Did you know that in the late ‘60’s – early 70’s that if a man wore a blue hanky in his back pocket he was subliminally expressing that he was into ‘cock and ball torture’?
Nik Dimopoulous and John Tsiavis do. Together they have collaborated to produce slick, sexy and clever photographs exploring the ‘hanky codes’ via which gay men in the past communicated their sexual fetishes and desires.
The result is a sumptuously provocative body of work featuring hot bodies and party props that you’d never recognised as phallic until now. Opening night drew huge crowds, and justifiably so. Huge crowds of gay men, that is. Being neither gay nor male, I was nonetheless seduced by the portraits – by their La Chapelle-esque hyper-colour, props-on-steroids appeal, and undoubtedly by the subjects themselves.
On one wall, bubble-gum pink photos featured buff guys in mid-drifts posing before oversized nipple tapestries – apparently pink is the hanky code colour for ‘nipple play’. Opposite, by contrast, were life-sized torsos, muscles and hair glistening beneath a deep blue wash. One lithe guy faced the camera front on, kneeling among cobalt balloons while unzipping his fly. His flesh was covered in the blue ink of tattoos. Mirroring the unfurling lily that was tattooed on his sternum, the man’s body also unfurled. His head arched backwards, with mouth parted and eyelids heavy in a state of pre-orgasmic lust.
Speaking with Dimopoulous, he emphasised that the Trough X_hibition reflected not only the X-rated activities of his club in Melbourne, but more so the energy and playfulness of the complimentary ‘Trough Faggot Parties’. Hence all the party paraphernalia – balloons, ping-pong rackets, miniature cricket bats, popsicles, flags and plastic cups. ‘Everything’s transient in the photos’, said Dimopoulous. ‘The props will only last the duration of the party.’ Perhaps this reflects the temporal nature of fetishes, which seem to be comprised more of build-up than the act itself. After all, it could definitely be said that a sexual encounter in a club’s basement is about as permanent as a polystyrene cup at a party.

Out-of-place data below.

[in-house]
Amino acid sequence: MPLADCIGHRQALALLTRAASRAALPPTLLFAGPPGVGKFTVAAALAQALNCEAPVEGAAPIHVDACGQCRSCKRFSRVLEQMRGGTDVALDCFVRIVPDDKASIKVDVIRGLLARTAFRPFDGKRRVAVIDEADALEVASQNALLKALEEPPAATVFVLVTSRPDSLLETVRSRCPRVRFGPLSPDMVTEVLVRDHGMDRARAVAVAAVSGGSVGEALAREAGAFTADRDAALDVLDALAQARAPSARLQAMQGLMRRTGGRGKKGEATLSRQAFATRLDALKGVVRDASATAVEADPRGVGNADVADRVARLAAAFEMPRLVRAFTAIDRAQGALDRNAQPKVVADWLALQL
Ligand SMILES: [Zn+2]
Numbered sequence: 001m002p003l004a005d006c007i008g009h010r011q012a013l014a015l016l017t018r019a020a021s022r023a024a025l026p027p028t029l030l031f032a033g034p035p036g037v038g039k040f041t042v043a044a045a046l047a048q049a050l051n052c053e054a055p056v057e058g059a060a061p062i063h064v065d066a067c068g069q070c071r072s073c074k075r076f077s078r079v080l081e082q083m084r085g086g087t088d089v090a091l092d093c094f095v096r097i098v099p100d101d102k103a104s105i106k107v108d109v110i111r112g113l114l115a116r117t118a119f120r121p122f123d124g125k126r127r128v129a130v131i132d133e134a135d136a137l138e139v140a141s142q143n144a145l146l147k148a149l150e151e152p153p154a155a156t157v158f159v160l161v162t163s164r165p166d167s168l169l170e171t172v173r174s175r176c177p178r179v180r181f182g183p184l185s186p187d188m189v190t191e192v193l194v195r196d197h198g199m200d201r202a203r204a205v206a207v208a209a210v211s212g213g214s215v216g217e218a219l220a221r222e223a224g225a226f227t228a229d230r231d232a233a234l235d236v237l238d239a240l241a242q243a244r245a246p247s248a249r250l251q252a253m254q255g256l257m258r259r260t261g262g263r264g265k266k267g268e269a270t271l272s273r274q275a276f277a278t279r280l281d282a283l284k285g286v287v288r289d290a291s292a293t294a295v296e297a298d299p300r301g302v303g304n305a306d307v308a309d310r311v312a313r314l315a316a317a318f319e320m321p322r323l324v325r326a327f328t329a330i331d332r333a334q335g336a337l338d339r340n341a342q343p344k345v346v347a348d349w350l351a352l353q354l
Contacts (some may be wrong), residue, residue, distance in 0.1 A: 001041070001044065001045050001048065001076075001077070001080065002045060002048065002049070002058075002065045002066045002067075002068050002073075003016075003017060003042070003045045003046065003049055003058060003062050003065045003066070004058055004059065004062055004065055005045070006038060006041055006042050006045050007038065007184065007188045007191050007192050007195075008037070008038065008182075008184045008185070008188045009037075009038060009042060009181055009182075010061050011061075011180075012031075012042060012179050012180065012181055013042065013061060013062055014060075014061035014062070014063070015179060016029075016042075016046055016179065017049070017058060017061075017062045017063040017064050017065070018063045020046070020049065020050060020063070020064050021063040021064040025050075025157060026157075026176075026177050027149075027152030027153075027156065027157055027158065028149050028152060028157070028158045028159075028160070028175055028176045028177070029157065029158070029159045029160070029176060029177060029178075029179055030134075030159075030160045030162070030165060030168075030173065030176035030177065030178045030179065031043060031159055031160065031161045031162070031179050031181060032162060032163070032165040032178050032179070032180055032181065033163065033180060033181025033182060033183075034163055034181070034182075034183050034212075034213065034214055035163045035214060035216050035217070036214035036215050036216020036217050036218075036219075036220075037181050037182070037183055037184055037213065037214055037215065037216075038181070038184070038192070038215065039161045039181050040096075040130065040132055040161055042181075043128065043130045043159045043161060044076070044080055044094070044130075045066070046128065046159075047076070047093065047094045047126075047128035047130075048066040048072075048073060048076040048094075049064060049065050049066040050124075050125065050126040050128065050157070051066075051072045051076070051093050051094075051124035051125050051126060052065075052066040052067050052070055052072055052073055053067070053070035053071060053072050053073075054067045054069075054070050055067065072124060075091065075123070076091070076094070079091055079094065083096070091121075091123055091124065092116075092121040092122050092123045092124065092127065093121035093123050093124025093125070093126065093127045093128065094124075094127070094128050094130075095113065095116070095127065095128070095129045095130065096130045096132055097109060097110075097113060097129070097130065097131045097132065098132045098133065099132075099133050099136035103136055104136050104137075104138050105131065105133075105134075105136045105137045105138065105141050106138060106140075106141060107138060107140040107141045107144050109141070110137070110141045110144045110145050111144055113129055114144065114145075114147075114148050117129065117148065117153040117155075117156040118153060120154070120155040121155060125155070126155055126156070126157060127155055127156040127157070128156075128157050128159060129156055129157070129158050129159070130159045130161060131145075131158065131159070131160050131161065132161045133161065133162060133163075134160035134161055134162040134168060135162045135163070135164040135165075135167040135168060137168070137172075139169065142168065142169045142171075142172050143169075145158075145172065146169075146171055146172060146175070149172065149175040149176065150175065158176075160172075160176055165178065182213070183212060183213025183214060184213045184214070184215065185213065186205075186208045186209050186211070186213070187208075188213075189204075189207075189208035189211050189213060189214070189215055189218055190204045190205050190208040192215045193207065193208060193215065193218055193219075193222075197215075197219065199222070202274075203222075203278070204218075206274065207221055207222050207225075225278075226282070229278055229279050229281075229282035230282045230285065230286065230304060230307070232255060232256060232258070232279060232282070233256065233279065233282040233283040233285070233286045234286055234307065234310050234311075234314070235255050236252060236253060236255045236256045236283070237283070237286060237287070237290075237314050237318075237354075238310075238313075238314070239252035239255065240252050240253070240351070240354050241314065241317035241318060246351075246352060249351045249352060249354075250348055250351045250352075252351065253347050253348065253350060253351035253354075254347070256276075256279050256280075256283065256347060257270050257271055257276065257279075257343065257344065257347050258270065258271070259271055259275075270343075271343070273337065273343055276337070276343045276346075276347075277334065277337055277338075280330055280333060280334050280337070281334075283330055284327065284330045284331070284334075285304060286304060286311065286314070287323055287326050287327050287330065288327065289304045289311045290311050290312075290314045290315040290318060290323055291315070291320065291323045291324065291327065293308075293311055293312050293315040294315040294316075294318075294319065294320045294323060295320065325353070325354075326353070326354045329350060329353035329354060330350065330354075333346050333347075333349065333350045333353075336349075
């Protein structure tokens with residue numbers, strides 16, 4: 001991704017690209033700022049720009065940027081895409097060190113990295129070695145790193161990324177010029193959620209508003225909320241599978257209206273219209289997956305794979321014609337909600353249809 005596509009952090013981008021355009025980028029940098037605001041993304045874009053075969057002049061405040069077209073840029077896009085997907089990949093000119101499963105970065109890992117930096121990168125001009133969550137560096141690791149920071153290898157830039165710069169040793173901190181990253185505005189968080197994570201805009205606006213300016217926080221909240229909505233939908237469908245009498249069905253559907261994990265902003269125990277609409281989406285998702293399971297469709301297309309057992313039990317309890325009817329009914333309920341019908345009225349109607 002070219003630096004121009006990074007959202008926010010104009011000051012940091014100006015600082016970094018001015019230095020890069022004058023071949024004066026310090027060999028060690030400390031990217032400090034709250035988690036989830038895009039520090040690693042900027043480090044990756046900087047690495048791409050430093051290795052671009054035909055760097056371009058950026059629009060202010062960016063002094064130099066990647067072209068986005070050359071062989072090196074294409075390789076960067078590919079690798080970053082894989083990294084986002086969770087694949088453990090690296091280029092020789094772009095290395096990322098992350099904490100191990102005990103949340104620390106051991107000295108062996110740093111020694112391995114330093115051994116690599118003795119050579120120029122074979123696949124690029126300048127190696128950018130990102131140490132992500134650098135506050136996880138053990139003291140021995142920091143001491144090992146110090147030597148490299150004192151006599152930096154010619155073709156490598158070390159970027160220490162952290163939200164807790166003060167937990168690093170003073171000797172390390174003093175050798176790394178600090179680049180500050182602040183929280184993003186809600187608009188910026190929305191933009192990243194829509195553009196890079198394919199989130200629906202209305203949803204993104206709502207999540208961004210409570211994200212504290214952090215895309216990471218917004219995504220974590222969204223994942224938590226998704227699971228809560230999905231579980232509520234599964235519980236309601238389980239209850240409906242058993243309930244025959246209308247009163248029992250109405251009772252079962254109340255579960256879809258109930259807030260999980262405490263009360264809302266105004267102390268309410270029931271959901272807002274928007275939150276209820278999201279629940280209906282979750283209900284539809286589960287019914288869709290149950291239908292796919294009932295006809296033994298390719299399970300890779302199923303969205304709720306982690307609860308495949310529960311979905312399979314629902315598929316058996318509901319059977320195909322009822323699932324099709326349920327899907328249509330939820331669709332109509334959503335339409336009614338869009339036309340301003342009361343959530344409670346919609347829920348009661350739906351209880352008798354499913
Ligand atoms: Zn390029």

What made the images so intriguing was the interplay between party and reality, playfulness and seriousness, contemporary and classical. The skilful art-direction, composition and lighting of the works rendered them with an undeniably classical patina. Likening a tableau of bears in jock straps to Caravaggio’s ‘Martyrdom of Saint Matthew’ seems a stretch, but I’ll do it anyway. In a large, predominantly black photo, the bodies and faces of mostly naked men are lit by a strong white light from above. The men kneel before a silhouetted fence of sex toys protruding from shadow. In the middle ground, a muscular chest peeks through an oversized glory hole and adjacent sits a man in profile, clutching an erect novelty cricket bat. A bright burst of smoke fills the space, similar to the cloud swell in the Caravaggio. The effective use of chiaroscuro, combined with the depth and richness of the composition, which has been so intricately choreographed by Dimpopoulous and Tsiavis, made it an extremely arresting and powerful work of art.